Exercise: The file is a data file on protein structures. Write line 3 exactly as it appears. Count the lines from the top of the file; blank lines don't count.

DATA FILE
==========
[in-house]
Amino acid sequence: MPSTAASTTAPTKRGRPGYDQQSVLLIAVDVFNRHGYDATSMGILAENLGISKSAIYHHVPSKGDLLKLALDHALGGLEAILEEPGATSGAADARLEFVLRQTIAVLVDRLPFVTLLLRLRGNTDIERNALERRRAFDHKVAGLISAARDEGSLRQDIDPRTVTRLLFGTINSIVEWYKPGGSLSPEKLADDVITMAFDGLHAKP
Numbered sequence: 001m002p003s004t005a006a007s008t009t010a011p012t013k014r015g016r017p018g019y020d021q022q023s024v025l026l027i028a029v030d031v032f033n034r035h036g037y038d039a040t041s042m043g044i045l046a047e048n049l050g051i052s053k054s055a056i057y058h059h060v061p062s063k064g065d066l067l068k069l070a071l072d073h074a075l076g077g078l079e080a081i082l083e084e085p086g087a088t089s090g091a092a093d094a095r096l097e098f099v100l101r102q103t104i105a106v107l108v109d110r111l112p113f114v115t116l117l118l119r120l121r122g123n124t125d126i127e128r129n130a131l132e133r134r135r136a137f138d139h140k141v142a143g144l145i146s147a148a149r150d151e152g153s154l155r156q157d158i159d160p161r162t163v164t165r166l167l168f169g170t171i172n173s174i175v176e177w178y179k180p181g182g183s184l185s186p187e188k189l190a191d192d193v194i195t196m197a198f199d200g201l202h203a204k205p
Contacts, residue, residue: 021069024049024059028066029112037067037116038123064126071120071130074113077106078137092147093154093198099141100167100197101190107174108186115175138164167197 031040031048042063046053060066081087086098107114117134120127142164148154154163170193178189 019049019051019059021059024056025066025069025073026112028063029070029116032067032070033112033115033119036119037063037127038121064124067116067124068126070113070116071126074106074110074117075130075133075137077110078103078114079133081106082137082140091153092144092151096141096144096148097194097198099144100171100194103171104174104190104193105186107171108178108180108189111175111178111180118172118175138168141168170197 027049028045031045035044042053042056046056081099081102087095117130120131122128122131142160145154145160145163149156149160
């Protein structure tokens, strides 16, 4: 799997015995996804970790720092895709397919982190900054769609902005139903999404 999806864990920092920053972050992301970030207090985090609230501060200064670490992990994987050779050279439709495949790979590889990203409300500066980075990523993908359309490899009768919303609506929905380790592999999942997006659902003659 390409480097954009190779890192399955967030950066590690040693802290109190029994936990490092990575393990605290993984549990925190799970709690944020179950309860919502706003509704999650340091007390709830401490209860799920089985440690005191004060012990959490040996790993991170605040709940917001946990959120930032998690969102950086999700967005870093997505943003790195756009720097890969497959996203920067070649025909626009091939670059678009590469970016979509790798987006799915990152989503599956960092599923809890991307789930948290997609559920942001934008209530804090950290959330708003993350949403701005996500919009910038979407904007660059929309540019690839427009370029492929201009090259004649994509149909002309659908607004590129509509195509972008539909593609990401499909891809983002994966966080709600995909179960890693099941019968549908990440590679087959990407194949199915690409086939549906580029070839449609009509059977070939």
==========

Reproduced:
Numbered sequence: 001m002p003s004t005a006a007s008t009t010a011p012t013k014r015g016r017p018g019y020d021q022q023s024v025l026l027i028a029v030d031v032f033n034r035h036g037y038d039a040t041s042m043g044i045l046a047e048n049l050g051i052s053k054s055a056i057y058h059h060v061p062s063k064g065d066l067l068k069l070a071l072d073h074a075l076g077g078l079e080a081i082l083e084e085p086g087a088t089s090g091a092a093d094a095r096l097e098f099v100l101r102q103t104i105a106v107l108v109d110r111l112p113f114v115t116l117l118l119r120l121r122g123n124t125d126i127e128r129n130a131l132e133r134r135r136a137f138d139h140k141v142a143g144l145i146s147a148a149r150d151e152g153s154l155r156q157d158i159d160p161r162t163v164t165r166l167l168f169g170t171i172n173s174i175v176e177w178y179k180p181g182g183s184l185s186p187e188k189l190a191d192d193v194i195t196m197a198f199d200g201l202h203a204k205p